Hazzard and Harrower: The letters
Edited by Brigitta Olubas, Susan Wyndham

Paperback | May 2024 | NewSouth | 9781742238180 | 384pp | 234x153mm | GEN | AUD$39.99, NZD$44.99

Shirley Hazzard and Elizabeth Harrower met in person for the first time in London in 1972, six years after they began a correspondence that would span four decades. They exchanged letters, cards and telegrams, and made occasional phone calls between Harrower’s home in Sydney and Hazzard’s apartments in New York, Naples and Capri. The two women wrote to each other of their daily lives, of impediments to writing, their reading, politics and world affairs, and in Hazzard’s case, her travels. And they wrote about Hazzard’s mother, for whose care Harrower took increasing — and increasingly reluctant — responsibility from the early 1970s (precisely the period when she herself virtually stopped writing).

Edited by Brigitta Olubas, Hazzard’s official biographer, and Susan Wyndham, who interviewed both Hazzard and Harrower, this is an extraordinary account of two literary luminaries, their complex relationship and their times.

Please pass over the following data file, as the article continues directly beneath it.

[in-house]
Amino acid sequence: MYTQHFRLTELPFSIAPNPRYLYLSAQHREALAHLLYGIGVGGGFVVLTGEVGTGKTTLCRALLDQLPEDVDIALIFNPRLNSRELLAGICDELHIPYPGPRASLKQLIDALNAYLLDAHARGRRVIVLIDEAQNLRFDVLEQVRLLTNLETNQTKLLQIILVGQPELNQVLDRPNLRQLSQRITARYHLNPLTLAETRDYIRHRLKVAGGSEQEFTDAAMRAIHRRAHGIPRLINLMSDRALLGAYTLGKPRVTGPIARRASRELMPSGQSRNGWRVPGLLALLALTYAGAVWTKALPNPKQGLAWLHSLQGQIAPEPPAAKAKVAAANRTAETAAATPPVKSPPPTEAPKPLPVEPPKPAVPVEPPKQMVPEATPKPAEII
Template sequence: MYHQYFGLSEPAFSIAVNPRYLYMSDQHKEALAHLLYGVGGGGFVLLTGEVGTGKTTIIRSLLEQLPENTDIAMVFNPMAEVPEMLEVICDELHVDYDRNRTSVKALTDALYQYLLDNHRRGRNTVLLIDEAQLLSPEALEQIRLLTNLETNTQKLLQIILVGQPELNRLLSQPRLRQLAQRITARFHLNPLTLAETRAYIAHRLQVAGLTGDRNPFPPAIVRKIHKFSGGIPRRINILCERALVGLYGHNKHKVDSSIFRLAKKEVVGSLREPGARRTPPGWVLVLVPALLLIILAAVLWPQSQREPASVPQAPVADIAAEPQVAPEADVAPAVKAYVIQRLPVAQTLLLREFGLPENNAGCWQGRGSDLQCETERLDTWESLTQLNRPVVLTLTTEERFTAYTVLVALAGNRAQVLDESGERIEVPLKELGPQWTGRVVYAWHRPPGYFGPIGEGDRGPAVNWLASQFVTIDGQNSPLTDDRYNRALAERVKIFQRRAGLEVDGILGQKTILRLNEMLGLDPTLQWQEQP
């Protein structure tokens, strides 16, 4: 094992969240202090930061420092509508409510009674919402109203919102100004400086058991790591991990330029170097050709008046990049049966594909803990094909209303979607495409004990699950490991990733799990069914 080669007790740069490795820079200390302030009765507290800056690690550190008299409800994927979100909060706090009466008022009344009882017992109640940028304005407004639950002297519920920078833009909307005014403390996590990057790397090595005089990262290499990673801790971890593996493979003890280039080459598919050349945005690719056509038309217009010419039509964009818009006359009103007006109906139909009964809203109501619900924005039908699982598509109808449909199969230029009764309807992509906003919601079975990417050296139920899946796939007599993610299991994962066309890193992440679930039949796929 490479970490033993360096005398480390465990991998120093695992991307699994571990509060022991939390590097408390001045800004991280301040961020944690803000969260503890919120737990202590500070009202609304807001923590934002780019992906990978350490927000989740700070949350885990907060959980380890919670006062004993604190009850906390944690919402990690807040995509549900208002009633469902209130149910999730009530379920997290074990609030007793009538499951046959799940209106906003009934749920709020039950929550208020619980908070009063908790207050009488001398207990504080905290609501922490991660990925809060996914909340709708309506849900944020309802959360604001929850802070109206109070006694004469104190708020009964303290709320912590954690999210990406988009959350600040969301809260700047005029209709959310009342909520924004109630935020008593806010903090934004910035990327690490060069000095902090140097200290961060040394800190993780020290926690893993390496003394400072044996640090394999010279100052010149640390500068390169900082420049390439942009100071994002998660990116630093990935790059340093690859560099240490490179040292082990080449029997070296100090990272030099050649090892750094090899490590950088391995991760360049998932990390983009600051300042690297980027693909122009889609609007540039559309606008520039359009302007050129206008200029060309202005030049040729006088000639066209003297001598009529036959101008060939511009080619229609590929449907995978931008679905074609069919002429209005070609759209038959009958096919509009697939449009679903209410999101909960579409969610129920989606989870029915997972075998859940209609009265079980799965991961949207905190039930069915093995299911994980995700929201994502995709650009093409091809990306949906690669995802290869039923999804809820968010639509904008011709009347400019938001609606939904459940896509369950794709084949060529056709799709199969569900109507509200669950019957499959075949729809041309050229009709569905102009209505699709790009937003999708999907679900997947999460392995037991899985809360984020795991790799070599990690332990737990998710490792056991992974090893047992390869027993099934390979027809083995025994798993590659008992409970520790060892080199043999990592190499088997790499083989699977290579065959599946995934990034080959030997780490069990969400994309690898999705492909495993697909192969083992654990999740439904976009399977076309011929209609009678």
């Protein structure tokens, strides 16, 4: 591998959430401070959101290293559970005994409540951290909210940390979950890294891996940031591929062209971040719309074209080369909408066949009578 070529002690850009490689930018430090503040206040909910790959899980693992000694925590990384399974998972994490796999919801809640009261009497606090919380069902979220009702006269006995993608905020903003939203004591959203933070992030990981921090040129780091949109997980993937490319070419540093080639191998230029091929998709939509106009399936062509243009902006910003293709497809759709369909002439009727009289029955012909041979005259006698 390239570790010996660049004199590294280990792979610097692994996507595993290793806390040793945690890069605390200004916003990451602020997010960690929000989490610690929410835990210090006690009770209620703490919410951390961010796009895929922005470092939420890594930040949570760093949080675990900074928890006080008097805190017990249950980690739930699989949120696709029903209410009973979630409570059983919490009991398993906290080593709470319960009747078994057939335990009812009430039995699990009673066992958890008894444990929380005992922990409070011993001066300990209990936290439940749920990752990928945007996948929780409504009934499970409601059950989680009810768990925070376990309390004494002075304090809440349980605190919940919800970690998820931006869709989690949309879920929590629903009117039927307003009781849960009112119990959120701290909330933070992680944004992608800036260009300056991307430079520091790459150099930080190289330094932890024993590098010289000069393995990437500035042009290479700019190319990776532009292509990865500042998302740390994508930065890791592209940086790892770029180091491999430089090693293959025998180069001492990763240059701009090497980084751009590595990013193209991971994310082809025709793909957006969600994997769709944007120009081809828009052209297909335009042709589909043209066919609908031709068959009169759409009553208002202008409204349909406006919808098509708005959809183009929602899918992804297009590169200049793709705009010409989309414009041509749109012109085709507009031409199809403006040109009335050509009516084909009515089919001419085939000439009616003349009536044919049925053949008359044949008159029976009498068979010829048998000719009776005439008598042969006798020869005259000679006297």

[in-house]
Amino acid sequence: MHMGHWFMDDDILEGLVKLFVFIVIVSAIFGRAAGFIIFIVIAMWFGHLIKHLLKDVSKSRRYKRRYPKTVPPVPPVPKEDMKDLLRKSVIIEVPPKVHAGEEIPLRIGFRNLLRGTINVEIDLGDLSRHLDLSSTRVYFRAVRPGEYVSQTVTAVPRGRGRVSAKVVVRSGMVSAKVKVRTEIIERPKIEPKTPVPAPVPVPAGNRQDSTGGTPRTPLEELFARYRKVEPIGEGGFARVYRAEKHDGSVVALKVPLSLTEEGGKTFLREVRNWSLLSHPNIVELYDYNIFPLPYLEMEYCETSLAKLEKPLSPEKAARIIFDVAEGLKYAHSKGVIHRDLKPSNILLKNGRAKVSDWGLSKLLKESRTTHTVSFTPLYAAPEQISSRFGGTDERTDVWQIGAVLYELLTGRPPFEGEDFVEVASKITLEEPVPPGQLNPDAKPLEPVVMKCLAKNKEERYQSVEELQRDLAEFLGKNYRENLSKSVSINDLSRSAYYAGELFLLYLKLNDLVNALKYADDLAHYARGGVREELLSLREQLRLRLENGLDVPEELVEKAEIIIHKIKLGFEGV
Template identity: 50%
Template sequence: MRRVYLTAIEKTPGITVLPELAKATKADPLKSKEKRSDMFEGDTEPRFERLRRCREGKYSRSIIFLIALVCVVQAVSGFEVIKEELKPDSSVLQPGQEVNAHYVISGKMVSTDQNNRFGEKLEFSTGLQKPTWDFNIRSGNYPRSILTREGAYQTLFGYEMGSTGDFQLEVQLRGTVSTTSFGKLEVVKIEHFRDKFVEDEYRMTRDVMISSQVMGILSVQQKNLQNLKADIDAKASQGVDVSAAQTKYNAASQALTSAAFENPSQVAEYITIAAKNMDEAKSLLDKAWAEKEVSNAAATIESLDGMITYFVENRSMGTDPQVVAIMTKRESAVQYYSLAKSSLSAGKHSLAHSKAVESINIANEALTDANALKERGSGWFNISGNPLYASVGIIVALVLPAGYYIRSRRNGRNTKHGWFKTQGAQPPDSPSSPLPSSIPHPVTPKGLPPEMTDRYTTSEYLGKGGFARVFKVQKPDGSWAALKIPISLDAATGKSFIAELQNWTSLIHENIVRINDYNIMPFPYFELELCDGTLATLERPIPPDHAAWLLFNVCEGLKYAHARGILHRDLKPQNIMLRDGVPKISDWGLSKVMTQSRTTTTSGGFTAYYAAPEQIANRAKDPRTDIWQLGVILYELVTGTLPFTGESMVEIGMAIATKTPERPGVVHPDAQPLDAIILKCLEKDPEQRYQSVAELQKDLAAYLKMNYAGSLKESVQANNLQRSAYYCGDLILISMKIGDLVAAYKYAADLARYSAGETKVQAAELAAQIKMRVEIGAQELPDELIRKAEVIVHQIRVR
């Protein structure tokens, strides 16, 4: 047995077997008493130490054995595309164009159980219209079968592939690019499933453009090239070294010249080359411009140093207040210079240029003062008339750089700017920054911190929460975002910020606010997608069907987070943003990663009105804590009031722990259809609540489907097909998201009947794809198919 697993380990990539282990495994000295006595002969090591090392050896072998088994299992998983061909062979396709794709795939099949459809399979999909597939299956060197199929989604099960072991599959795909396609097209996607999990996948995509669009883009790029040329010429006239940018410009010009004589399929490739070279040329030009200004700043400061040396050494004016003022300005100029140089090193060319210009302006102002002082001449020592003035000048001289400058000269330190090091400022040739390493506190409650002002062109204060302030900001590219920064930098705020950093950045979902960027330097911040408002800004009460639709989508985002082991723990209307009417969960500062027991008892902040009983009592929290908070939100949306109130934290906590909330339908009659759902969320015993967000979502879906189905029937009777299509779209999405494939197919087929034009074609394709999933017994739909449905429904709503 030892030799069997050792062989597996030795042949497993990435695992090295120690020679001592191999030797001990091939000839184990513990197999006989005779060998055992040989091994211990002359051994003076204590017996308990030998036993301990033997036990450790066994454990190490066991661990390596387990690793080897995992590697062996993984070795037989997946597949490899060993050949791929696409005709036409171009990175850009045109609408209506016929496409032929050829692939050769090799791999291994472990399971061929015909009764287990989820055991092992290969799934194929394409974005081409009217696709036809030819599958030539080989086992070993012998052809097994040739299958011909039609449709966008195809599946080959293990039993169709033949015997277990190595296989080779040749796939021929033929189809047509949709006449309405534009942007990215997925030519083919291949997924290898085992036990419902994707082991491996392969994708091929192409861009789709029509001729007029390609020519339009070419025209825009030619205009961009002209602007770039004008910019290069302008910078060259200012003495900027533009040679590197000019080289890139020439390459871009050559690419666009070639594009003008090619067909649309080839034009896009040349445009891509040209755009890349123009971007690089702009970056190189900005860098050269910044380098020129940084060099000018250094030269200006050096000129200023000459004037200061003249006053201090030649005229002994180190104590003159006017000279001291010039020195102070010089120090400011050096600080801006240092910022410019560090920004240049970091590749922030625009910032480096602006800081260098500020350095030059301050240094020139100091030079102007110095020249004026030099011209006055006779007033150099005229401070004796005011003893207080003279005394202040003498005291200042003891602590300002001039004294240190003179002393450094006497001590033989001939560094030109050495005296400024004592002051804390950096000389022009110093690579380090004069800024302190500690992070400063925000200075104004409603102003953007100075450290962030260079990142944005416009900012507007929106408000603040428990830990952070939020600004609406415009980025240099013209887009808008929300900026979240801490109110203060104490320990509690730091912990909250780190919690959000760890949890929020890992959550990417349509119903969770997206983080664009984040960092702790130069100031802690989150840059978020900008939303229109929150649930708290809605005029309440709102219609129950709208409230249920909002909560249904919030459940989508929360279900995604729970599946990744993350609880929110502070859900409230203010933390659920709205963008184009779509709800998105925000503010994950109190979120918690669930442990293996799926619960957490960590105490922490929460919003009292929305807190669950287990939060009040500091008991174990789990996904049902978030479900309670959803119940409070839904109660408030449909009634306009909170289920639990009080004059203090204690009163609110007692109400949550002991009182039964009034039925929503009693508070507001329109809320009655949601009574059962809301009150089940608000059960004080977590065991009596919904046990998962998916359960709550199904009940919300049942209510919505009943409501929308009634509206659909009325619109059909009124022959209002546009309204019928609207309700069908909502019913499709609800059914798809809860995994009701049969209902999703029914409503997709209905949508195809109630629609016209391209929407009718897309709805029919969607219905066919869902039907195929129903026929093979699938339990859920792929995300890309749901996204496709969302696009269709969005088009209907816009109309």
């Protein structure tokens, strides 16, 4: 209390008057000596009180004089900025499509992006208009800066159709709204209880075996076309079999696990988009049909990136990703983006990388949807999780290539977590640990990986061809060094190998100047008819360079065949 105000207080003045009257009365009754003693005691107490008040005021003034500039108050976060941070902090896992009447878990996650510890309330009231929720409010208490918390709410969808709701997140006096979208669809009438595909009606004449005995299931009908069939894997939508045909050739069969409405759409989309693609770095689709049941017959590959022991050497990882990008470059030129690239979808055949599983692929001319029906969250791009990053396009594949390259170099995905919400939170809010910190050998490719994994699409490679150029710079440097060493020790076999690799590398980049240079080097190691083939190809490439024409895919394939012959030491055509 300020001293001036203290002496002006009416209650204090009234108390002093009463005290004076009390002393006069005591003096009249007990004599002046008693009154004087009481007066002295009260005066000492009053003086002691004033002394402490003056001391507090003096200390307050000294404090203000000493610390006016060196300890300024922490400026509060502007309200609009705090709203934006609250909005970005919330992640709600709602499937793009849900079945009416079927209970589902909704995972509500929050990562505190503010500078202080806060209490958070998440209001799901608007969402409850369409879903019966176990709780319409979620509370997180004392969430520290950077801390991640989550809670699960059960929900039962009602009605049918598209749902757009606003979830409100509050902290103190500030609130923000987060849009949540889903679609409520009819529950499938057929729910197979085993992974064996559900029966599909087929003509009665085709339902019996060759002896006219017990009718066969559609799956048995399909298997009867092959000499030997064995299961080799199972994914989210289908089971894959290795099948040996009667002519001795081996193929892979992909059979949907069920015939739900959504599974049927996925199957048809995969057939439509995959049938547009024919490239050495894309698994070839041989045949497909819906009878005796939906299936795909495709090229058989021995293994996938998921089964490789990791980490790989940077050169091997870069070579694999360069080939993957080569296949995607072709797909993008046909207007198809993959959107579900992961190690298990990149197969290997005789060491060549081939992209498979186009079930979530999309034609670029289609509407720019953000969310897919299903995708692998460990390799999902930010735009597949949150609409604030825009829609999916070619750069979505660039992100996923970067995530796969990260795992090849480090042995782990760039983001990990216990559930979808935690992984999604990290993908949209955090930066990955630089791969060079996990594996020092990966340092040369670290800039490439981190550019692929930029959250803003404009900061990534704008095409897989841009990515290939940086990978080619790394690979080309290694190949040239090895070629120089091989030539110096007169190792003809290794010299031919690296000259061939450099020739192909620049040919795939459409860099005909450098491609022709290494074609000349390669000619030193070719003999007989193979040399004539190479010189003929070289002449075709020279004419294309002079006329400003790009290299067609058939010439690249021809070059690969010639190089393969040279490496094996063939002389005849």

Hazzard and Harrower is a book to keep close and return to often.’ – Michelle de Kretser

‘Vital, compelling, terrifying, revelatory – and a literary pleasure in its own right.’ – Anna Funder

‘Beautiful, wise and unflinching. Will we ever have a chance like this again to eavesdrop on two great writers as they talk books, people and the world for forty years?’ – David Marr

‘An engrossing portrayal of forty years of complicated friendship between two writers, only one of whom has the steel – or is it the ruthlessness? – to put her art before everything else.’ – Charlotte Wood

‘I read these letters with mounting excitement. There is a righteous delight in seeing female talent reclaimed: two great Australian writers finally treated with the care and rigour they deserve.’ – Diana Reid

'This volume of letters – copious, lively and affectionate – is the latest work in the devoted re-presentation of both women.' – Gail Jones, Sydney Morning Herald/The Age